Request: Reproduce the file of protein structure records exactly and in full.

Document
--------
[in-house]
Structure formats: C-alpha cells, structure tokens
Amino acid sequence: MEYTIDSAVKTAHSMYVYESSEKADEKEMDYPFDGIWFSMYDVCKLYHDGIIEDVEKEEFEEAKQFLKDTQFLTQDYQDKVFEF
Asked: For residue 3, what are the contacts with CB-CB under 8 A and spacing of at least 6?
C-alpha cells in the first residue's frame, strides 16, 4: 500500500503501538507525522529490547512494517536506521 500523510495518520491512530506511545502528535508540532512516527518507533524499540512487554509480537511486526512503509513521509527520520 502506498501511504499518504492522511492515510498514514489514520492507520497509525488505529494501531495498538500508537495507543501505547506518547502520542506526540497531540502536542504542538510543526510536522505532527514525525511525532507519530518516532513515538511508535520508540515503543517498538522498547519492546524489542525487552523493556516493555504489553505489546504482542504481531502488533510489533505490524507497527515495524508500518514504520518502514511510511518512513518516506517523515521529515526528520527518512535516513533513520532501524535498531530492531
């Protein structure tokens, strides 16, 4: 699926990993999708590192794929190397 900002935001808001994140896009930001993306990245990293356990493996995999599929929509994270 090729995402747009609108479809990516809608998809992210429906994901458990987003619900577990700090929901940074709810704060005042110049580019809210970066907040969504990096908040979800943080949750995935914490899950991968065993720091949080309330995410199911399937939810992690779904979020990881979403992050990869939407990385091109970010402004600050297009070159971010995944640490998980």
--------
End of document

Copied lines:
[in-house]
Structure formats: C-alpha cells, structure tokens
Amino acid sequence: MEYTIDSAVKTAHSMYVYESSEKADEKEMDYPFDGIWFSMYDVCKLYHDGIIEDVEKEEFEEAKQFLKDTQFLTQDYQDKVFEF
Asked: For residue 3, what are the contacts with CB-CB under 8 A and spacing of at least 6?
C-alpha cells in the first residue's frame, strides 16, 4: 500500500503501538507525522529490547512494517536506521 500523510495518520491512530506511545502528535508540532512516527518507533524499540512487554509480537511486526512503509513521509527520520 502506498501511504499518504492522511492515510498514514489514520492507520497509525488505529494501531495498538500508537495507543501505547506518547502520542506526540497531540502536542504542538510543526510536522505532527514525525511525532507519530518516532513515538511508535520508540515503543517498538522498547519492546524489542525487552523493556516493555504489553505489546504482542504481531502488533510489533505490524507497527515495524508500518514504520518502514511510511518512513518516506517523515521529515526528520527518512535516513533513520532501524535498531530492531
């Protein structure tokens, strides 16, 4: 699926990993999708590192794929190397 900002935001808001994140896009930001993306990245990293356990493996995999599929929509994270 090729995402747009609108479809990516809608998809992210429906994901458990987003619900577990700090929901940074709810704060005042110049580019809210970066907040969504990096908040979800943080949750995935914490899950991968065993720091949080309330995410199911399937939810992690779904979020990881979403992050990869939407990385091109970010402004600050297009070159971010995944640490998980």